Changing the way global trade works: the Elizabeth Warren proposals
We live in a hyper-globalised world. When we go shopping we buy products from all over the world, this is doubly true for fashion and clothing.
However, the opening of the global economy (while bringing multiple benefits) has also brought negative side effects and problems that are causing damage to the environment and allowing workers across the world to not get the improvements in their lives that they were once promised. One of the areas this can be most seen is in the clothing industry.
In countries across the world clothes are being manufactured in factories where workers wages are low, the working conditions are dangerous and environmental protections and safeguards are weak, if not close to non-existent. When you buy new clothes you are often buying items made in these sorts of conditions. And there's a big reason why: these clothes are cheap, they're made more cheaply than they could be in the UK or another Western country. This is because in the UK or other Western countries wages are higher, working conditions are better and companies must adhere to stronger environmental protections and safeguards.
Now, there's a perfectly good economic theory that exists as to why our government allows this trade between ourselves and these other countries. The theory is, we get access to more affordable clothes and other goods and overtime the money being invested into these poorer countries will gradually raise living standards and working conditions for the people there. Unfortunately, the practical results and reality show a much patchier picture.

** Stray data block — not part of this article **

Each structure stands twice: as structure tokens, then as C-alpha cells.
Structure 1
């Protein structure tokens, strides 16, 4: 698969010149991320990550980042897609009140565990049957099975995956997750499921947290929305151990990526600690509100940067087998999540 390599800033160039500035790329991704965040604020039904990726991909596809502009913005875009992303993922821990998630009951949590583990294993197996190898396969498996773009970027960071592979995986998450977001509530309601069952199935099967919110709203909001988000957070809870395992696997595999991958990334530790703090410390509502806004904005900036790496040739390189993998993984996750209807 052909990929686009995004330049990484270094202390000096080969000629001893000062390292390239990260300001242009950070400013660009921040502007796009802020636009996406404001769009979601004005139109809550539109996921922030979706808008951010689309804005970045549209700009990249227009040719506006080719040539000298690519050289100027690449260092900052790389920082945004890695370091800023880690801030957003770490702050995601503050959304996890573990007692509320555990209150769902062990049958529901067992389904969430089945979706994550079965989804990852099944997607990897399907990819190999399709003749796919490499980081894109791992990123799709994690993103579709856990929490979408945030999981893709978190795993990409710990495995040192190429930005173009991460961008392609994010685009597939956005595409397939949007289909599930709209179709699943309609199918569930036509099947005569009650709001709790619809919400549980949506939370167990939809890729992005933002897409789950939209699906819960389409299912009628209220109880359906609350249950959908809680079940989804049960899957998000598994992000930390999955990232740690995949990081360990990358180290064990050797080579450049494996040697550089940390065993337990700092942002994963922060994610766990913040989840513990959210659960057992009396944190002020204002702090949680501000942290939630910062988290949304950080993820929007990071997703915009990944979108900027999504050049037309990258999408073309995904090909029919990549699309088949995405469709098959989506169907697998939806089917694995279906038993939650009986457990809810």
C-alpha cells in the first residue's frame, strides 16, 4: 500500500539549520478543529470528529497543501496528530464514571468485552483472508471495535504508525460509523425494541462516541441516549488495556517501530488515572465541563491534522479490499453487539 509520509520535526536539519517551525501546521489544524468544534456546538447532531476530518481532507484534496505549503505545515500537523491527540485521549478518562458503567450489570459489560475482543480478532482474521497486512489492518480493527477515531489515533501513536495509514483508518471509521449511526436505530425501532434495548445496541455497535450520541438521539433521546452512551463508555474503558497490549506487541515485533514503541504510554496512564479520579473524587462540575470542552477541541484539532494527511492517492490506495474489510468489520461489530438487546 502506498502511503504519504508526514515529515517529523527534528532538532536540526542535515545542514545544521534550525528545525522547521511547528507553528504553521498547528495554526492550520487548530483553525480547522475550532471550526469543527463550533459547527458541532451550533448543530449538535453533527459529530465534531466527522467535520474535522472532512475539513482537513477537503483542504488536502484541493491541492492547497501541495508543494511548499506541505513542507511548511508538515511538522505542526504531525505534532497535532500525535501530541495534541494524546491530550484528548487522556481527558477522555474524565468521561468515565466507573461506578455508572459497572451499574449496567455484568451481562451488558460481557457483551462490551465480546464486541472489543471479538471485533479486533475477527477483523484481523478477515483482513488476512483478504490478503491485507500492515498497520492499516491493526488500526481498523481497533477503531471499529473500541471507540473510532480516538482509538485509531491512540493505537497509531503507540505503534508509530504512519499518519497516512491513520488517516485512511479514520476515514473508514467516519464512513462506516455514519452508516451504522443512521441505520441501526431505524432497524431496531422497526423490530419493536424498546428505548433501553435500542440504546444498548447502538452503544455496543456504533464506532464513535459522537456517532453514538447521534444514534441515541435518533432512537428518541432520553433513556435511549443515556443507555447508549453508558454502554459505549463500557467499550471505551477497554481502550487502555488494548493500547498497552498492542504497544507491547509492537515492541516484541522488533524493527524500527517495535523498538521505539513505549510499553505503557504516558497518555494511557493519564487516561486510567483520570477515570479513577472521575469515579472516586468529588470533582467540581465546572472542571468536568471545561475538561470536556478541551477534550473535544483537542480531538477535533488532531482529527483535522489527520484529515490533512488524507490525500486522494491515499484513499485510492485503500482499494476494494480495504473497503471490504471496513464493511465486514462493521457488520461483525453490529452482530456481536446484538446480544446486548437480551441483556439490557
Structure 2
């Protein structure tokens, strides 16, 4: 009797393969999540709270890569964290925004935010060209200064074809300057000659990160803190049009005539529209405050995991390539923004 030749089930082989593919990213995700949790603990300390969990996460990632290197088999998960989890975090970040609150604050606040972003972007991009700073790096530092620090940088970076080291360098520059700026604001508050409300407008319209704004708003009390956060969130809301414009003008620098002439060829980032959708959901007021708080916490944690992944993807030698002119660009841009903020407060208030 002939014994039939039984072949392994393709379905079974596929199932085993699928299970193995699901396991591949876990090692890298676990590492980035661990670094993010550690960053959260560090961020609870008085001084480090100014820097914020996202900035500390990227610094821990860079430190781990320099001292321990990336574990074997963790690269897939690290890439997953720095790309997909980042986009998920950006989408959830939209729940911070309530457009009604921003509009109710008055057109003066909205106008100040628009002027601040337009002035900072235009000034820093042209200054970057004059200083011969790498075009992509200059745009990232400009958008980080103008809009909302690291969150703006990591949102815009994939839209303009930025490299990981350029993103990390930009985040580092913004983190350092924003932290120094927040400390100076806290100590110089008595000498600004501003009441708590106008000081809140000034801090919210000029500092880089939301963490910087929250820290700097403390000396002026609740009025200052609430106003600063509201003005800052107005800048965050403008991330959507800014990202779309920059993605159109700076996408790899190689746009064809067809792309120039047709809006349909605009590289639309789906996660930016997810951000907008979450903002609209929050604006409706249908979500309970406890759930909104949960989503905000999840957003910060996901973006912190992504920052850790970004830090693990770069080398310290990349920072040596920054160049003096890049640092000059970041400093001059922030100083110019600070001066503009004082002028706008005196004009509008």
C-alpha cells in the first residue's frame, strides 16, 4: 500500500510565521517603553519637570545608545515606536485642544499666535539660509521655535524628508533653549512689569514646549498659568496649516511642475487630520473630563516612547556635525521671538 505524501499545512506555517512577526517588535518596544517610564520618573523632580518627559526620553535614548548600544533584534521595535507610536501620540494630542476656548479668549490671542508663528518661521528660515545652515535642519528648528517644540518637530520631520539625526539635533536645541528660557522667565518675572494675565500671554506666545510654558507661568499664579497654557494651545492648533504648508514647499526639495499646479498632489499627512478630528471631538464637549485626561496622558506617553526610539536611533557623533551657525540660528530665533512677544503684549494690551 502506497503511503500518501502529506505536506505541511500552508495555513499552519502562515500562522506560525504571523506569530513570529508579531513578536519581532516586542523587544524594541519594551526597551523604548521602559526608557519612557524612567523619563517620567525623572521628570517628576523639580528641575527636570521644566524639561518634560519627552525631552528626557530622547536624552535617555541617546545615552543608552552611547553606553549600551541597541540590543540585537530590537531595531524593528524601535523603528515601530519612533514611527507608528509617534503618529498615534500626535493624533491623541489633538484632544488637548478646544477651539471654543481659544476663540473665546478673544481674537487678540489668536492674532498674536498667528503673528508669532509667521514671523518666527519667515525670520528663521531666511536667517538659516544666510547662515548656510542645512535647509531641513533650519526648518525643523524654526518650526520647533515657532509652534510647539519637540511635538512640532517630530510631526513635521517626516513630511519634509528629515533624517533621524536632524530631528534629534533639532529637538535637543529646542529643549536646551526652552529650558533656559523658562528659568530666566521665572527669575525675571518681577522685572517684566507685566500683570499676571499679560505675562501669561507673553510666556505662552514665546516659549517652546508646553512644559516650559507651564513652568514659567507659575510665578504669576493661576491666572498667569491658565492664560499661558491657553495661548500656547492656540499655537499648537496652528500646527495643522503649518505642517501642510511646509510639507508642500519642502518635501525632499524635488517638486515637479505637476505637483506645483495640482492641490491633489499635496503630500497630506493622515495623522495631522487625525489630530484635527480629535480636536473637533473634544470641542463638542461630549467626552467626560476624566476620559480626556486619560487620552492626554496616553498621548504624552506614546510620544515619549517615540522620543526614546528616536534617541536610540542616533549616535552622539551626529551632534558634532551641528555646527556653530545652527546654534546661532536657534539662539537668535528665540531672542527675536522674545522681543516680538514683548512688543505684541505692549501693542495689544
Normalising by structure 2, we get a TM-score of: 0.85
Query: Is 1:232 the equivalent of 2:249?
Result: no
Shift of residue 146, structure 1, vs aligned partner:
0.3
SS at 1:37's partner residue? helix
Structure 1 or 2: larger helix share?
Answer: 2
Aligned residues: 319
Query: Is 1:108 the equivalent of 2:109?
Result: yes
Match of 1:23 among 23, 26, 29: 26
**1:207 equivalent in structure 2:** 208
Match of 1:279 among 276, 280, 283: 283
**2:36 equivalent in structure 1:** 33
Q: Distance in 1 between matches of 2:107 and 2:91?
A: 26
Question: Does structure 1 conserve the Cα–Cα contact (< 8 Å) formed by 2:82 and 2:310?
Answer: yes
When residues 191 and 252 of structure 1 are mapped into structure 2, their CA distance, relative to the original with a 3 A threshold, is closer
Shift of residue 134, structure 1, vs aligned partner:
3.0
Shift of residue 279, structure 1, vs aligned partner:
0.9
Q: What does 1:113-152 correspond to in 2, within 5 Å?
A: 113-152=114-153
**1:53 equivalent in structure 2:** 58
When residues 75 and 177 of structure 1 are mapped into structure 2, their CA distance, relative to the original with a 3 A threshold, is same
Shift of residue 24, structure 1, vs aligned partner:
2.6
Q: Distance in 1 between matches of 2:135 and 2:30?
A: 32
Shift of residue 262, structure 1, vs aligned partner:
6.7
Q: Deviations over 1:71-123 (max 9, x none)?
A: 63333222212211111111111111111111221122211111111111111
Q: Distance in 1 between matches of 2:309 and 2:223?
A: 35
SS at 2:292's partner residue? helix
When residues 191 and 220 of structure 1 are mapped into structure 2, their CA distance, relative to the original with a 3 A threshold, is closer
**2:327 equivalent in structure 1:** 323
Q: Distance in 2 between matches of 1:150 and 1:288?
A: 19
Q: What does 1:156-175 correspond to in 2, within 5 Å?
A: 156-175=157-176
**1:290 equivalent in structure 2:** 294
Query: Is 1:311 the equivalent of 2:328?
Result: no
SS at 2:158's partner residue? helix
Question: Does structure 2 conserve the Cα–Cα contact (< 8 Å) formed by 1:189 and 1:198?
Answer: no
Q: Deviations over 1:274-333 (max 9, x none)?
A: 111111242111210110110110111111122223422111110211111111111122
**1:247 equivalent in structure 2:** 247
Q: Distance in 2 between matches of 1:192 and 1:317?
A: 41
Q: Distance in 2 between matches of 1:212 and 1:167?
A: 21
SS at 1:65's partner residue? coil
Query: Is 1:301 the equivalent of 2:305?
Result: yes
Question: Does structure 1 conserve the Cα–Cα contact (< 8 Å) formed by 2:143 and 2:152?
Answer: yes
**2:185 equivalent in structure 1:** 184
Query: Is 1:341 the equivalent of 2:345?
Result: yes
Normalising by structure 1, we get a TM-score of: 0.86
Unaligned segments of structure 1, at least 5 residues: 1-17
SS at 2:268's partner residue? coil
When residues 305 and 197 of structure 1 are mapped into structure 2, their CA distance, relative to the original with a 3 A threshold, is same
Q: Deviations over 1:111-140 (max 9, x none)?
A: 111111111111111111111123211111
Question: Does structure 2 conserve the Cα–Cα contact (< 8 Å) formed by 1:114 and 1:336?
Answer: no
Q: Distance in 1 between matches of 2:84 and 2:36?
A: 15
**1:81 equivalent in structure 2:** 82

Some countries are not making the improvements, this can be for all sorts of reasons. Lack of proper democracy or representative government, endemic corruption, weak law enforcement... Either way, the money that is invested in the form of contracts to local factories doesn't result in that money benefiting many of the ordinary people, instead the money gets stuck with the already wealthier members of the country. This is something we as consumers can do something about by buying clothes and goods from places that are committed to treating workers well, being socially responsible and protecting the environment. But it will always be difficult for consumers alone to make the changes on a large enough scale.
However, changes in trade policy on a global basis could create a much fairer global economic system. This is something Democratic presidential nominee, Elizabeth Warren has started talking about. Calling for:
- Higher labour, human rights and environmental standards for the countries the U.S. negotiates with as a condition of reaching a trade agreement.
- A new “border carbon adjustment” tax on imported goods made by corporations that shift production to countries with weaker greenhouse gas emissions standards.
- An end to “investor-state dispute settlement” arbitration that allows corporations to challenge laws enacted by countries on grounds that they violate trade deals the countries have signed.
All of these proposals could go a long way to improving things. When rich countries, like the US and UK, make trade deal with other countries we should put pressure on the governments in these countries to ensure higher protections for workers, environmental protections and CO2 emission reduction. Not only will this make life better for many normal people in these countries but it also creates a more level playing field for companies that make sure their products are being sourced from places that are socially and ethically responsible. To get this to happen, pressures needs to come from the most influential countries: The USA being the obvious player.
Elizabeth Warren might never become President. But the fact that these subjects are now being debated in the race to be President when the old global trade model is being questioned the world over is a good thing.
Elizabeth Warren proposals on trade reported by CNBC, more information can be found here: https://www.cnbc.com/2019/07/29/elizabeth-warren-wants-to-rewrite-the-rules-on-negotiating-trade-deals.html